“Trees are sanctuaries. Whoever knows how to speak to them, whoever knows how to listen to them, can learn the truth. They do not preach learning and precepts, they preach, undeterred by particulars, the ancient law of life.” – Hermann Hesse


“Humility is not thinking less of yourself, it’s thinking of yourself less.” – C. S. Lewis


“A tree is a wonderful living organism which gives shelter, food, warmth and protection to all living things. It even gives shade to those who wield an axe to cut it down” – Gautama Buddha


“Like it or not, humility exists only in the wake of arrogance. Few people know humility for itself or opt for it right away. Most of us have fallen into arrogance and egotism and have failed. We come to humility after having thoroughly testing the alternative.” – Deng Ming Dao, “The Living I Ching,” from Commentary on Hexagram 15, Fu, Humility.


“Nothing is holier, nothing is more exemplary than a beautiful, strong tree. When a tree is cut down and reveals its naked death-wound to the sun, one can read its whole history in the luminous, inscribed disk of its trunk: in the rings of its years, its scars, all the struggle, all the suffering, all the sickness, all the happiness and prosperity stand truly written, the narrow years and the luxurious years, the attacks withstood, the storms endured. And every young farmboy knows that the hardest and noblest wood has the narrowest rings, that high on the mountains and in continuing danger the most indestructible, the strongest, the ideal trees grow.” – Hermann Hesse


“Humility is the core virtue of the Changes (I Ching, Book of Changes). It is a virtue that is valuable for its own sake, and it is a virtue with great usefulness as well. The modest make fewer mistakes because they are not undone by arrogance, and their lack of dogma is no impediment to change.” –  Deng Ming Dao, The Living I Ching, from Commentary on Hexagram 15, Fu, Humility.


“Outdoors we are confronted everywhere with wonders; we see that the miraculous is not extraordinary, but the common mode of existence. It is our daily bread.” – Wendell Berry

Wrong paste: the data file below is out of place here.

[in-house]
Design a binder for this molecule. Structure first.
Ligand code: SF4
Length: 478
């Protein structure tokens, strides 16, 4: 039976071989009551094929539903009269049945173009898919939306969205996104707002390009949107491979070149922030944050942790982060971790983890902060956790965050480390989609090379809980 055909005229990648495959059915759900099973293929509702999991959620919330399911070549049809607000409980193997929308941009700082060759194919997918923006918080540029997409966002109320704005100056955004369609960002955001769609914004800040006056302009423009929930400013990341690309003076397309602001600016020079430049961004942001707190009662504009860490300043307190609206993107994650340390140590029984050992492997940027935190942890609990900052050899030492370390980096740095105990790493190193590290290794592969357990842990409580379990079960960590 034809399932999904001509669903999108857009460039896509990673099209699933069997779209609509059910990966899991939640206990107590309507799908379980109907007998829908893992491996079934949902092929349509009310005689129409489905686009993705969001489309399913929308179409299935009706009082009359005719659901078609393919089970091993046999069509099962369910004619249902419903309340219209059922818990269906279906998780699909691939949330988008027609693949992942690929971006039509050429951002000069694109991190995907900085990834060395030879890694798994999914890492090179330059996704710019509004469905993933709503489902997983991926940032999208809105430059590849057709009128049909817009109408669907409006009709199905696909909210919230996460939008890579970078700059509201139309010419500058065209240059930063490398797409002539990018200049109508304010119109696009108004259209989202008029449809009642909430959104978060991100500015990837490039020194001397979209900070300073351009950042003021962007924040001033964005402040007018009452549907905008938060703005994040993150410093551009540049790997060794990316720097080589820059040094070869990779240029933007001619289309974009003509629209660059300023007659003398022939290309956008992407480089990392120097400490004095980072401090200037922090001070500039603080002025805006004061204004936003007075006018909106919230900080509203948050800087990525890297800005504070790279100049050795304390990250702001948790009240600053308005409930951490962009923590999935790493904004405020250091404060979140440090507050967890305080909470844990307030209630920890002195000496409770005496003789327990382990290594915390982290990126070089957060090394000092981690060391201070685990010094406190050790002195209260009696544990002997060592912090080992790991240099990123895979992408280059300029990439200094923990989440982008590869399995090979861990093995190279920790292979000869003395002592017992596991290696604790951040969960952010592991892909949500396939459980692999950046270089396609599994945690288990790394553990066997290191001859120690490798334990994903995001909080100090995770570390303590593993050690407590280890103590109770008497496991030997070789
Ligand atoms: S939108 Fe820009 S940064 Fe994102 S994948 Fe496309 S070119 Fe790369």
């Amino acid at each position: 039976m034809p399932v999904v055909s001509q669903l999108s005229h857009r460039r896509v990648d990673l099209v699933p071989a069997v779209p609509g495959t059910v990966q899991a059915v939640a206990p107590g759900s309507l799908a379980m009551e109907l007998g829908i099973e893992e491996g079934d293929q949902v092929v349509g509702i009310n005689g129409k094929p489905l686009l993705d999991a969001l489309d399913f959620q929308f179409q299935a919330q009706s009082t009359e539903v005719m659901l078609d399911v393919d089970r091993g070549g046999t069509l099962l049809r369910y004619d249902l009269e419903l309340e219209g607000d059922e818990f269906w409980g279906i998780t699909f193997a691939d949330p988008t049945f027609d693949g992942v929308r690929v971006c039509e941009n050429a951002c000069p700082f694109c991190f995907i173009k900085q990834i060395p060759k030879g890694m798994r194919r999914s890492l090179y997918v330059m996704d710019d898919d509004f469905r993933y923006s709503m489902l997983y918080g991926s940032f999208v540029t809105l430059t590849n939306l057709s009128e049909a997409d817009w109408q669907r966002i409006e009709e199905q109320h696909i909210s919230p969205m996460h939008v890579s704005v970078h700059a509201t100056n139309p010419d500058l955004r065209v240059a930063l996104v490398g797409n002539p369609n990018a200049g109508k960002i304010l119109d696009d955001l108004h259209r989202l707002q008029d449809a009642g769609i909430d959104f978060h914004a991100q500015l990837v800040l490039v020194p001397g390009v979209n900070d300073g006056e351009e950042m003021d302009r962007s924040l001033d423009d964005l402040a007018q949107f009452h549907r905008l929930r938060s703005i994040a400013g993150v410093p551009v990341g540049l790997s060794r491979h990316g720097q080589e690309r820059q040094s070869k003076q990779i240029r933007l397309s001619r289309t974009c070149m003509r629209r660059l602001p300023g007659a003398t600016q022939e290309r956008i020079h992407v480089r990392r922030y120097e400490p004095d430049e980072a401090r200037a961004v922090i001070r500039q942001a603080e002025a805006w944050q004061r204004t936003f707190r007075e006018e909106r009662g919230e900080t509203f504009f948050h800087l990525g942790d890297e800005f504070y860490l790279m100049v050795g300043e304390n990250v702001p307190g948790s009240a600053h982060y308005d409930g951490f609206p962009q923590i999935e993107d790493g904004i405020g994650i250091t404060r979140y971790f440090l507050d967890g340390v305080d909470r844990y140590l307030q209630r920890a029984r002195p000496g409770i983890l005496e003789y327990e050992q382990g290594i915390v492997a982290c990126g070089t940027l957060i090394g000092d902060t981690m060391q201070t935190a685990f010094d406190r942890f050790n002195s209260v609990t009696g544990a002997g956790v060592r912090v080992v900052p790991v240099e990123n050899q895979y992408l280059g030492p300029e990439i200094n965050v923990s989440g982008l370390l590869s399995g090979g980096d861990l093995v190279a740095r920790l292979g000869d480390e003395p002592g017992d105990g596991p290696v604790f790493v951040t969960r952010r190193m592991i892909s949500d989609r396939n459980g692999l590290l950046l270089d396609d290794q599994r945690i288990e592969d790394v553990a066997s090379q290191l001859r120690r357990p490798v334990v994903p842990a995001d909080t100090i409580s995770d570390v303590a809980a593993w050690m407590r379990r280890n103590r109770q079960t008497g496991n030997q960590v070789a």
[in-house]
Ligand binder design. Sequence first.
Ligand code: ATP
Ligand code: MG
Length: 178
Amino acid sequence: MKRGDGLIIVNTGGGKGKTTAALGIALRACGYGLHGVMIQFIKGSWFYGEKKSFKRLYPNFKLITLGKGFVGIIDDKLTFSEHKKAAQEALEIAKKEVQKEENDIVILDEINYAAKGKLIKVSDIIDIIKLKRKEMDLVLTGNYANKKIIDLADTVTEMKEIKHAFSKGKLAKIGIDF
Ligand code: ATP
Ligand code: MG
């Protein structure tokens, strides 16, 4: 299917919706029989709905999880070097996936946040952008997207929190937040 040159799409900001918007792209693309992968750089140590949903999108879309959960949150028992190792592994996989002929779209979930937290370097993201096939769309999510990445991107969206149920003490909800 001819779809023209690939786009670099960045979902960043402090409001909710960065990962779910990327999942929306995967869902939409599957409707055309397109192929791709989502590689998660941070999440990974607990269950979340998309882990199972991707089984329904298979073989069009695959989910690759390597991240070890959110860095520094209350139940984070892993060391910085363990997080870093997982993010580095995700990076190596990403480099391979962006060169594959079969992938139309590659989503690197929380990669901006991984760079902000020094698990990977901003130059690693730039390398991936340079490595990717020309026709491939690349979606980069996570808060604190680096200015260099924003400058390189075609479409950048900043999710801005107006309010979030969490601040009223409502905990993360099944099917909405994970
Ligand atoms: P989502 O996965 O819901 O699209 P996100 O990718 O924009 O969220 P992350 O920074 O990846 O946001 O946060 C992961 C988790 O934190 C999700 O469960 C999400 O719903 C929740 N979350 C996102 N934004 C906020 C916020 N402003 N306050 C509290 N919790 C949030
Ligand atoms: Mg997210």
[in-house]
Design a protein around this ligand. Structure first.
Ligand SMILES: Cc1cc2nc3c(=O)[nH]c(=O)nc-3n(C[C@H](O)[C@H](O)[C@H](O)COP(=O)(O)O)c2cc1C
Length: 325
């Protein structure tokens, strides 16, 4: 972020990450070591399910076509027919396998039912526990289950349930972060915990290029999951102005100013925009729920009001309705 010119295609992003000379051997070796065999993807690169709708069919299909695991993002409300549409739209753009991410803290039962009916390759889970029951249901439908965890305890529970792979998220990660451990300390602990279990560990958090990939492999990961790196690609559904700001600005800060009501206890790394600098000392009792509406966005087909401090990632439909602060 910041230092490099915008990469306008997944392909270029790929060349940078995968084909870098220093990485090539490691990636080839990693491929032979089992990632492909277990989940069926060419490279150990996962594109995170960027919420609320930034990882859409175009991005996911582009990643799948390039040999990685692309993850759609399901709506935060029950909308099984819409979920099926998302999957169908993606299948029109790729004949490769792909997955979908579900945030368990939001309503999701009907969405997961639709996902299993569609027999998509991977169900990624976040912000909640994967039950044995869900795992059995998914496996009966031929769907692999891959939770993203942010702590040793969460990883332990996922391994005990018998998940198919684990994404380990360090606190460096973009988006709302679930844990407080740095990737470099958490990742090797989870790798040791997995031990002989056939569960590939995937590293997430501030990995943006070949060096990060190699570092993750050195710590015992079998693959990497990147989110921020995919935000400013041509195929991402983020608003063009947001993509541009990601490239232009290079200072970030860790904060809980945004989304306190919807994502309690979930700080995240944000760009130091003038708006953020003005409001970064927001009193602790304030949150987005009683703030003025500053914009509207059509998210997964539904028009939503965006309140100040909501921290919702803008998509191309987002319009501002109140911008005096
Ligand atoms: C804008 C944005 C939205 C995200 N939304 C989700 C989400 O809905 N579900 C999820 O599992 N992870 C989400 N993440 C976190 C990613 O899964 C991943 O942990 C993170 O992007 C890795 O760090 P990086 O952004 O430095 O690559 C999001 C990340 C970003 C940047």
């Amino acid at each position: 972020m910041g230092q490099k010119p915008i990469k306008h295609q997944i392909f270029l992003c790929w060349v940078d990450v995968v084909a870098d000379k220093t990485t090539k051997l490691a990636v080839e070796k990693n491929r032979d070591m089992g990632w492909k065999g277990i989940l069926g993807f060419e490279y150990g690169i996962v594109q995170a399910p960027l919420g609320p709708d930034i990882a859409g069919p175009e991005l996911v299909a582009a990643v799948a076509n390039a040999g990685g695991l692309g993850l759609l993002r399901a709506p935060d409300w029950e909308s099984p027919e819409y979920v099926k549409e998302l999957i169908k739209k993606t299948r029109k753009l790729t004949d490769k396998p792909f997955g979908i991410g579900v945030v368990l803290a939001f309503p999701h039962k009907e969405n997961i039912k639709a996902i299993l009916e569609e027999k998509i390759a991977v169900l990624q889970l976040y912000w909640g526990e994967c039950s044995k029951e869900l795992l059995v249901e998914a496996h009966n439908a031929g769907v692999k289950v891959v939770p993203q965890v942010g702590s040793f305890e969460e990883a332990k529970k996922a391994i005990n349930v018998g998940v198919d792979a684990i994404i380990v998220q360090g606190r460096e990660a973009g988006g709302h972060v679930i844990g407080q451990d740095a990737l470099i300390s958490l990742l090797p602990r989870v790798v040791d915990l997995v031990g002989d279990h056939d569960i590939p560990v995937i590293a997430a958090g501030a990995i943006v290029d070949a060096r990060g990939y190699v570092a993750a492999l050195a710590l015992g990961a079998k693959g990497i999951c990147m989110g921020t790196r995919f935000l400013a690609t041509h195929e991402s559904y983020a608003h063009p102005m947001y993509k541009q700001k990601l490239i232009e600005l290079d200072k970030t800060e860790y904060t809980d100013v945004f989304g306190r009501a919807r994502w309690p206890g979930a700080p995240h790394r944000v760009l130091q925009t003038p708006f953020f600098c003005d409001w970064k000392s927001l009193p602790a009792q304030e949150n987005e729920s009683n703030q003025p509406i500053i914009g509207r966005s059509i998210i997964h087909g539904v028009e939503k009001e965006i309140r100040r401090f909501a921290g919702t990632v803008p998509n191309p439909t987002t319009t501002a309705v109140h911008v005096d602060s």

“Prayer is the best answer to all of the trials that face us, because without prayer, even if we succeed in accomplishing some great goal in the eyes of men, we have failed in our sacred responsibilities, and thus we have failed in what is truly important.” – Thomas Yellowtail, Crow Medicine Man


“For me, trees have always been the most penetrating preachers. I revere them when they live in tribes and families, in forests and groves. And even more I revere them when they stand alone. They are like lonely persons. Not like hermits who have stolen away out of some weakness, but like great, solitary men, like Beethoven and Nietzsche. In their highest boughs the world rustles, their roots rest in infinity; but they do not lose themselves there, they struggle with all the force of their lives for one thing only: to fulfil themselves according to their own laws, to build up their own form, to represent themselves.” – Hermann Hesse


A Song Unsung

“A song without lyrics.
A melody without sound.
Arising from within,
Heard from without.
No instruments played,
No voices lilting,
A Song of the Spirit
Sung on the Wind.
Erupting from caverns,
Bursting through fissures,
It chills the body
and warms the Soul.
Emptying the full,
Filling the empty,
Rising it descends,
Descending it rises.
From wence it came
and whither it goes?
Whose song it is
no one knows.
A mystery unsolved
A song unsung,
it gives rise to itself
from a place unknown.
If by chance, you should
catch its Air,
Stay with it, my friend,
or you’ll end in despair.”


“Trees are sanctuaries. Whoever knows how to speak to them, whoever knows how to listen to them, can learn the truth. They do not preach learning and precepts, they preach, undeterred by particulars, the ancient law of life.” – Hermann Hesse